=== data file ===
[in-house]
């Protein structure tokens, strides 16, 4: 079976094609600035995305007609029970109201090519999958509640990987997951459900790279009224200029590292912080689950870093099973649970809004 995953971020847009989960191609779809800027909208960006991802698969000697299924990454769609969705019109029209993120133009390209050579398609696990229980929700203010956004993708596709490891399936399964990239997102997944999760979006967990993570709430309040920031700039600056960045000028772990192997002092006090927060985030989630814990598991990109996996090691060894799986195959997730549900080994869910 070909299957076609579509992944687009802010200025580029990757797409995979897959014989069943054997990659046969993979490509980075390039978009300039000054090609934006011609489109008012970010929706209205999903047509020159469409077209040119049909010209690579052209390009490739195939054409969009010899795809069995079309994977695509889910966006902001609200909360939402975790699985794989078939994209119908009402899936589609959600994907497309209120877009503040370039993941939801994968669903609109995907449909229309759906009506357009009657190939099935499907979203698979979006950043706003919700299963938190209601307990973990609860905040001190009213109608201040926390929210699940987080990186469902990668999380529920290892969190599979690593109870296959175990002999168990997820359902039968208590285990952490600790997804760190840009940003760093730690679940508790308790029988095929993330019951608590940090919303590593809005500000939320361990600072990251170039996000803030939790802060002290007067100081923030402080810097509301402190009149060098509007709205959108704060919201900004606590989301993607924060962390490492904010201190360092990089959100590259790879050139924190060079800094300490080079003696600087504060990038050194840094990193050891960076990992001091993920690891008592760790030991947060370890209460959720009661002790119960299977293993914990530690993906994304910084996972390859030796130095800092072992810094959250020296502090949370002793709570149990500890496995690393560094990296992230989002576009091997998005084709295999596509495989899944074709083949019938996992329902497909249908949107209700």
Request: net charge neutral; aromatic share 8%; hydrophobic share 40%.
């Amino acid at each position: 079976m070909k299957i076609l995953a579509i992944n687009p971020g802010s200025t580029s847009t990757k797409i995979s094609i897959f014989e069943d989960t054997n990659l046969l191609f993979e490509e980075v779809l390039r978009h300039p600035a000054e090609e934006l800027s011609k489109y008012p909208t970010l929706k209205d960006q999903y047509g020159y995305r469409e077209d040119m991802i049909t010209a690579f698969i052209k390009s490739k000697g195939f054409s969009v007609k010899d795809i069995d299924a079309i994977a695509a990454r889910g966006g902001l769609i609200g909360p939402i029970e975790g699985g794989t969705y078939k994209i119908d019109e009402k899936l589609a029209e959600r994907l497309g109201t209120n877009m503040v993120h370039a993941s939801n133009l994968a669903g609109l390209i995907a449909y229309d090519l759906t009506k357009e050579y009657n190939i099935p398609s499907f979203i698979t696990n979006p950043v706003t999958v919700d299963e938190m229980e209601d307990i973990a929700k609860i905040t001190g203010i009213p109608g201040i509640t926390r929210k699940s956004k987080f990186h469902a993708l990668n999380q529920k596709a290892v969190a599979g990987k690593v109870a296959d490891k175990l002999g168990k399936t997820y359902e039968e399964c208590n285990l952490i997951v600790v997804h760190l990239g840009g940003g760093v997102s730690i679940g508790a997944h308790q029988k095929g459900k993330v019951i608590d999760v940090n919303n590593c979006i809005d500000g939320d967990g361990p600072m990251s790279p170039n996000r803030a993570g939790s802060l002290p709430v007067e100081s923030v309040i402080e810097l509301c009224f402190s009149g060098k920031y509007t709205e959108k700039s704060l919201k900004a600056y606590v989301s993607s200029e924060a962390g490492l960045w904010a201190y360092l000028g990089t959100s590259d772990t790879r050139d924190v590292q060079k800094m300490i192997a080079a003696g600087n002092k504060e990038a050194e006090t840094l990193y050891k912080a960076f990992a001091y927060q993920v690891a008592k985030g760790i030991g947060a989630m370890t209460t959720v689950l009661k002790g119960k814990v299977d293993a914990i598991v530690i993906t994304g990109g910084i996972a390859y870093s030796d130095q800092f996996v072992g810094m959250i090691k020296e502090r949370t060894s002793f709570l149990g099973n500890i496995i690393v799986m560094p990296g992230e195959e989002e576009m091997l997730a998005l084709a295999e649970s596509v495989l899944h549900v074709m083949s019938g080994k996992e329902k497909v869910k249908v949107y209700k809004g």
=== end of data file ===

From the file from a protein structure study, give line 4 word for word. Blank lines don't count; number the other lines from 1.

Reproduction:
């Amino acid at each position: 079976m070909k299957i076609l995953a579509i992944n687009p971020g802010s200025t580029s847009t990757k797409i995979s094609i897959f014989e069943d989960t054997n990659l046969l191609f993979e490509e980075v779809l390039r978009h300039p600035a000054e090609e934006l800027s011609k489109y008012p909208t970010l929706k209205d960006q999903y047509g020159y995305r469409e077209d040119m991802i049909t010209a690579f698969i052209k390009s490739k000697g195939f054409s969009v007609k010899d795809i069995d299924a079309i994977a695509a990454r889910g966006g902001l769609i609200g909360p939402i029970e975790g699985g794989t969705y078939k994209i119908d019109e009402k899936l589609a029209e959600r994907l497309g109201t209120n877009m503040v993120h370039a993941s939801n133009l994968a669903g609109l390209i995907a449909y229309d090519l759906t009506k357009e050579y009657n190939i099935p398609s499907f979203i698979t696990n979006p950043v706003t999958v919700d299963e938190m229980e209601d307990i973990a929700k609860i905040t001190g203010i009213p109608g201040i509640t926390r929210k699940s956004k987080f990186h469902a993708l990668n999380q529920k596709a290892v969190a599979g990987k690593v109870a296959d490891k175990l002999g168990k399936t997820y359902e039968e399964c208590n285990l952490i997951v600790v997804h760190l990239g840009g940003g760093v997102s730690i679940g508790a997944h308790q029988k095929g459900k993330v019951i608590d999760v940090n919303n590593c979006i809005d500000g939320d967990g361990p600072m990251s790279p170039n996000r803030a993570g939790s802060l002290p709430v007067e100081s923030v309040i402080e810097l509301c009224f402190s009149g060098k920031y509007t709205e959108k700039s704060l919201k900004a600056y606590v989301s993607s200029e924060a962390g490492l960045w904010a201190y360092l000028g990089t959100s590259d772990t790879r050139d924190v590292q060079k800094m300490i192997a080079a003696g600087n002092k504060e990038a050194e006090t840094l990193y050891k912080a960076f990992a001091y927060q993920v690891a008592k985030g760790i030991g947060a989630m370890t209460t959720v689950l009661k002790g119960k814990v299977d293993a914990i598991v530690i993906t994304g990109g910084i996972a390859y870093s030796d130095q800092f996996v072992g810094m959250i090691k020296e502090r949370t060894s002793f709570l149990g099973n500890i496995i690393v799986m560094p990296g992230e195959e989002e576009m091997l997730a998005l084709a295999e649970s596509v495989l899944h549900v074709m083949s019938g080994k996992e329902k497909v869910k249908v949107y209700k809004g």